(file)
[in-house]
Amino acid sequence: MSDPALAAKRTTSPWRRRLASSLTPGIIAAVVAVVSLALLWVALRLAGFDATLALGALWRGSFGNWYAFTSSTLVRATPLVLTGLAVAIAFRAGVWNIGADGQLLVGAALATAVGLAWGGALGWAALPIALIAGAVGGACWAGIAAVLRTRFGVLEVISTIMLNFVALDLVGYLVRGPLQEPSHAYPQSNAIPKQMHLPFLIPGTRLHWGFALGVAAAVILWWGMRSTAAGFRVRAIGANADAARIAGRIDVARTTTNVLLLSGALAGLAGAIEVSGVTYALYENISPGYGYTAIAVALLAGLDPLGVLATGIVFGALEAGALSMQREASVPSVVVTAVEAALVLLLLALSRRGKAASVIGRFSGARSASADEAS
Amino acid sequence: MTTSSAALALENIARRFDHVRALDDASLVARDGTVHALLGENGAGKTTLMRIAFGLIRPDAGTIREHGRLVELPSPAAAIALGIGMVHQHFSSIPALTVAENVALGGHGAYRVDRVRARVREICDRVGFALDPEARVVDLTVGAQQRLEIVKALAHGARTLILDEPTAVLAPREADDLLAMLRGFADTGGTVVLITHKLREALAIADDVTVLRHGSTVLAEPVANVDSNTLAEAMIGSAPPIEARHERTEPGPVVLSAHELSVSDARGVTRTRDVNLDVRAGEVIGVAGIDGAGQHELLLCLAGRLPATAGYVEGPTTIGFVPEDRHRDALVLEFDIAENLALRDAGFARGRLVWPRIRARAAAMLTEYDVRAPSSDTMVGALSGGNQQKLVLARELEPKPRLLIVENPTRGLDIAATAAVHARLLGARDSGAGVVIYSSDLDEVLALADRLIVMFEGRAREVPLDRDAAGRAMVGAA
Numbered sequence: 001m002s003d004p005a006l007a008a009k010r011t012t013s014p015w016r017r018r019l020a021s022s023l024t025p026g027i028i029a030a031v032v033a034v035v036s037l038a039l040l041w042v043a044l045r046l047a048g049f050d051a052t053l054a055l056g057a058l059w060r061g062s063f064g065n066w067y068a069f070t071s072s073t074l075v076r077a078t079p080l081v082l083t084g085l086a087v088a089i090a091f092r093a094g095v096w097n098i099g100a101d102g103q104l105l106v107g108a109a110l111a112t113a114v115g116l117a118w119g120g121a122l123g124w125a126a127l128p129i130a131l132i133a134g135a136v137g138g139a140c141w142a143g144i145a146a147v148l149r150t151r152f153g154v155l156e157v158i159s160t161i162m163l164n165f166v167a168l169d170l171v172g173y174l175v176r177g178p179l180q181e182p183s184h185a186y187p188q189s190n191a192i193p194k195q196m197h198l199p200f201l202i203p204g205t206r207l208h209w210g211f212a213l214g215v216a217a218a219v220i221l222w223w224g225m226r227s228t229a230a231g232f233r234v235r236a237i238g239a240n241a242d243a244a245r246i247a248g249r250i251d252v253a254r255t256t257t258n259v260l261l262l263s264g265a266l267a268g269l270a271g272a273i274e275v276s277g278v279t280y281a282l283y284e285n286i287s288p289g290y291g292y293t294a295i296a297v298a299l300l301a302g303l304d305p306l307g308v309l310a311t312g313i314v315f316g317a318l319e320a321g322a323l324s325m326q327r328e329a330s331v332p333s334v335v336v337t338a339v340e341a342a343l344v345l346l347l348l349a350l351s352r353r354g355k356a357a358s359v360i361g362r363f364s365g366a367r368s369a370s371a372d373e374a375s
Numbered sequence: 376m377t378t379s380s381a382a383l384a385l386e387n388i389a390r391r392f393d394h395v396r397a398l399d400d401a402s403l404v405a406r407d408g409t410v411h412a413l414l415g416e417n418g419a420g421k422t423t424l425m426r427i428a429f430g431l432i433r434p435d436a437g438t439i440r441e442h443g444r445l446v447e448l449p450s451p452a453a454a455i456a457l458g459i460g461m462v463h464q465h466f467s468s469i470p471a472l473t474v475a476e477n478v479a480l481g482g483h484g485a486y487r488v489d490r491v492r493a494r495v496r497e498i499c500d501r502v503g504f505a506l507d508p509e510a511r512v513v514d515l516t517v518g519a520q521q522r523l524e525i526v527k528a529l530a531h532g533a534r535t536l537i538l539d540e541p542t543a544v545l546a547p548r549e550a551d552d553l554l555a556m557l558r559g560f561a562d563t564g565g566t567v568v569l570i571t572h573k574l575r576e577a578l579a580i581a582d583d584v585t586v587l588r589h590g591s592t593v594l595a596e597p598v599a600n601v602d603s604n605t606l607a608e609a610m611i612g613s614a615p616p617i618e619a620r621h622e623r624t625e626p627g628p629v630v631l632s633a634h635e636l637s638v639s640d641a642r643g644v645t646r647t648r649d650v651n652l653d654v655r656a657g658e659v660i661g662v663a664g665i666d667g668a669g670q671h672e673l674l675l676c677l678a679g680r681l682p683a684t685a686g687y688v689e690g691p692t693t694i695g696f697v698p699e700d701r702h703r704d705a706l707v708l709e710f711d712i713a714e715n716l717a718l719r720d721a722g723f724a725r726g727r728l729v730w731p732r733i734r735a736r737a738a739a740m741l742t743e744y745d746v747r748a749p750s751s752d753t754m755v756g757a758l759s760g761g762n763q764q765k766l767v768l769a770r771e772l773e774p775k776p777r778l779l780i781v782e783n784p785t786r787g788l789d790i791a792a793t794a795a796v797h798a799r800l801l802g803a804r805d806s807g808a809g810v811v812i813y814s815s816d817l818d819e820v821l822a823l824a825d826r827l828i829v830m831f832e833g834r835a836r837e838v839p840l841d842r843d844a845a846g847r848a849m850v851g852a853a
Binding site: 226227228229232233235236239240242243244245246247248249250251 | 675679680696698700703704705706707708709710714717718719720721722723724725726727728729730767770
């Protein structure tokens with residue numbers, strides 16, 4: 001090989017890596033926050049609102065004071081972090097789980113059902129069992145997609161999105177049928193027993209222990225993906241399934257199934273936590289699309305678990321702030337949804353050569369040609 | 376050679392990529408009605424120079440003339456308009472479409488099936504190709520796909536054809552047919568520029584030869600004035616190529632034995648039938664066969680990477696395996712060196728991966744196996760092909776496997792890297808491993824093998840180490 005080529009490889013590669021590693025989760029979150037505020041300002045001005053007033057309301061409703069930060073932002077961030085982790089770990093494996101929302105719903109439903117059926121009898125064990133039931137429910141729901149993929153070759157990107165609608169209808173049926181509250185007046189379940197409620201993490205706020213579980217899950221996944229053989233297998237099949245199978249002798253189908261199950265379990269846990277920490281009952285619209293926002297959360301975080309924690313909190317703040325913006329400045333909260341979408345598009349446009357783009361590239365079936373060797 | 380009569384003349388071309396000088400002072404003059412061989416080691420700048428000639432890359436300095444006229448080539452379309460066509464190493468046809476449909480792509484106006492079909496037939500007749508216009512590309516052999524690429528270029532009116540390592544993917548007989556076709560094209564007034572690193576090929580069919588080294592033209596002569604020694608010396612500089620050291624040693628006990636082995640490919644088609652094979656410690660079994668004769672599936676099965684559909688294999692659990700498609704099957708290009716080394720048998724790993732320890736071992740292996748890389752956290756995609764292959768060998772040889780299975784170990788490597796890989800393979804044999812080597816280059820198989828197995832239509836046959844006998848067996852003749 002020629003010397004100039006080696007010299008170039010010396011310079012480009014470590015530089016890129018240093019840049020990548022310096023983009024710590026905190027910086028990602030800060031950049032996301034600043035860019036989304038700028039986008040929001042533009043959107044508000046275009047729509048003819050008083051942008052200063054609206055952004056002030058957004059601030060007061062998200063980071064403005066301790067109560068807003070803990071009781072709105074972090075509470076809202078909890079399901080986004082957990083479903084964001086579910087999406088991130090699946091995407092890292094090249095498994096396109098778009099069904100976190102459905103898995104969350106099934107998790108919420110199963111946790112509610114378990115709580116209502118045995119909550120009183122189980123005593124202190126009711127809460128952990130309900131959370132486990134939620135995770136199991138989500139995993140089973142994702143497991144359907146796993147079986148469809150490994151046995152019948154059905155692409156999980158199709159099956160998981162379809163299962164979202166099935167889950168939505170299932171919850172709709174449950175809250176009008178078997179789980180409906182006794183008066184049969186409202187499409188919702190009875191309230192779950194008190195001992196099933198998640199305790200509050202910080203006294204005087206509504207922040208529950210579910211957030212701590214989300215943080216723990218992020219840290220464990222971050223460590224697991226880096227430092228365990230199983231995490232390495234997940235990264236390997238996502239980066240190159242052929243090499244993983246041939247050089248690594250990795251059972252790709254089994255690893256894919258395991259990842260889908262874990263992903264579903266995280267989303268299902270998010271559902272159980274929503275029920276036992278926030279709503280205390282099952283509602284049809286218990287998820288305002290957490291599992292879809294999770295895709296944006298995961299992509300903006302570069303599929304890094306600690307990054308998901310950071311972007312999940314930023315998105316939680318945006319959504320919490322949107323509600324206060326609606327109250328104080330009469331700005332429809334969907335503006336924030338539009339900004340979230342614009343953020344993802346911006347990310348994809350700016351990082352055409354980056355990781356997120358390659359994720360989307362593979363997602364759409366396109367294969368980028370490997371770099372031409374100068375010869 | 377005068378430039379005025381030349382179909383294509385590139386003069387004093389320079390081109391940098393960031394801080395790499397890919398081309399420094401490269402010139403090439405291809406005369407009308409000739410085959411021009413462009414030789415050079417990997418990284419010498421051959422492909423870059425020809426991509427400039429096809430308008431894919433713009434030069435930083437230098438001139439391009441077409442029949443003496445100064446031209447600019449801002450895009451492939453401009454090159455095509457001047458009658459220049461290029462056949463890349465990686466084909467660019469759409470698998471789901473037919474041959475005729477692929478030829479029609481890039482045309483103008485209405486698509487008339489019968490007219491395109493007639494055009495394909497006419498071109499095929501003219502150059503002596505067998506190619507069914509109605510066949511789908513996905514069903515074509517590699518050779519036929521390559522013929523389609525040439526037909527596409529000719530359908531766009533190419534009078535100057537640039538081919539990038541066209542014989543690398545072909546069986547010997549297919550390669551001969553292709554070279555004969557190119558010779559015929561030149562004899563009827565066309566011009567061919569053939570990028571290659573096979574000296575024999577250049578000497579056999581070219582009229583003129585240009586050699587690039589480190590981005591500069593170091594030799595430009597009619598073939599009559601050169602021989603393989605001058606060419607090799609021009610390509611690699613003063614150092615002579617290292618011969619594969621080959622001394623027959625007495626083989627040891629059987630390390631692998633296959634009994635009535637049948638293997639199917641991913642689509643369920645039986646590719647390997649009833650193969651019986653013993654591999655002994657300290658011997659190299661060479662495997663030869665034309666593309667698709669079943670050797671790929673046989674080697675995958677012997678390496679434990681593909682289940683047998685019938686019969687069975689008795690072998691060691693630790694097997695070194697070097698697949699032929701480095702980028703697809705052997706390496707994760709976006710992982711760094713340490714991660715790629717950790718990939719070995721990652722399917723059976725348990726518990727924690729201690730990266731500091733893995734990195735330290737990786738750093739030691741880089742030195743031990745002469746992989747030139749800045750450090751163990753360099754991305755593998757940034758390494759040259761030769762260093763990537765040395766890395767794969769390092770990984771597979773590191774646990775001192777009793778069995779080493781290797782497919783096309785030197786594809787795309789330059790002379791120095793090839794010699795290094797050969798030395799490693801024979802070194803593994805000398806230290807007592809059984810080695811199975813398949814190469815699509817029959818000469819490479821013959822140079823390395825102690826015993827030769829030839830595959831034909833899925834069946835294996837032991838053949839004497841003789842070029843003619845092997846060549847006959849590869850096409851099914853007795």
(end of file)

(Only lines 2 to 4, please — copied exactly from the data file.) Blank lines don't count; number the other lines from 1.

Amino acid sequence: MSDPALAAKRTTSPWRRRLASSLTPGIIAAVVAVVSLALLWVALRLAGFDATLALGALWRGSFGNWYAFTSSTLVRATPLVLTGLAVAIAFRAGVWNIGADGQLLVGAALATAVGLAWGGALGWAALPIALIAGAVGGACWAGIAAVLRTRFGVLEVISTIMLNFVALDLVGYLVRGPLQEPSHAYPQSNAIPKQMHLPFLIPGTRLHWGFALGVAAAVILWWGMRSTAAGFRVRAIGANADAARIAGRIDVARTTTNVLLLSGALAGLAGAIEVSGVTYALYENISPGYGYTAIAVALLAGLDPLGVLATGIVFGALEAGALSMQREASVPSVVVTAVEAALVLLLLALSRRGKAASVIGRFSGARSASADEAS
Amino acid sequence: MTTSSAALALENIARRFDHVRALDDASLVARDGTVHALLGENGAGKTTLMRIAFGLIRPDAGTIREHGRLVELPSPAAAIALGIGMVHQHFSSIPALTVAENVALGGHGAYRVDRVRARVREICDRVGFALDPEARVVDLTVGAQQRLEIVKALAHGARTLILDEPTAVLAPREADDLLAMLRGFADTGGTVVLITHKLREALAIADDVTVLRHGSTVLAEPVANVDSNTLAEAMIGSAPPIEARHERTEPGPVVLSAHELSVSDARGVTRTRDVNLDVRAGEVIGVAGIDGAGQHELLLCLAGRLPATAGYVEGPTTIGFVPEDRHRDALVLEFDIAENLALRDAGFARGRLVWPRIRARAAAMLTEYDVRAPSSDTMVGALSGGNQQKLVLARELEPKPRLLIVENPTRGLDIAATAAVHARLLGARDSGAGVVIYSSDLDEVLALADRLIVMFEGRAREVPLDRDAAGRAMVGAA
Numbered sequence: 001m002s003d004p005a006l007a008a009k010r011t012t013s014p015w016r017r018r019l020a021s022s023l024t025p026g027i028i029a030a031v032v033a034v035v036s037l038a039l040l041w042v043a044l045r046l047a048g049f050d051a052t053l054a055l056g057a058l059w060r061g062s063f064g065n066w067y068a069f070t071s072s073t074l075v076r077a078t079p080l081v082l083t084g085l086a087v088a089i090a091f092r093a094g095v096w097n098i099g100a101d102g103q104l105l106v107g108a109a110l111a112t113a114v115g116l117a118w119g120g121a122l123g124w125a126a127l128p129i130a131l132i133a134g135a136v137g138g139a140c141w142a143g144i145a146a147v148l149r150t151r152f153g154v155l156e157v158i159s160t161i162m163l164n165f166v167a168l169d170l171v172g173y174l175v176r177g178p179l180q181e182p183s184h185a186y187p188q189s190n191a192i193p194k195q196m197h198l199p200f201l202i203p204g205t206r207l208h209w210g211f212a213l214g215v216a217a218a219v220i221l222w223w224g225m226r227s228t229a230a231g232f233r234v235r236a237i238g239a240n241a242d243a244a245r246i247a248g249r250i251d252v253a254r255t256t257t258n259v260l261l262l263s264g265a266l267a268g269l270a271g272a273i274e275v276s277g278v279t280y281a282l283y284e285n286i287s288p289g290y291g292y293t294a295i296a297v298a299l300l301a302g303l304d305p306l307g308v309l310a311t312g313i314v315f316g317a318l319e320a321g322a323l324s325m326q327r328e329a330s331v332p333s334v335v336v337t338a339v340e341a342a343l344v345l346l347l348l349a350l351s352r353r354g355k356a357a358s359v360i361g362r363f364s365g366a367r368s369a370s371a372d373e374a375s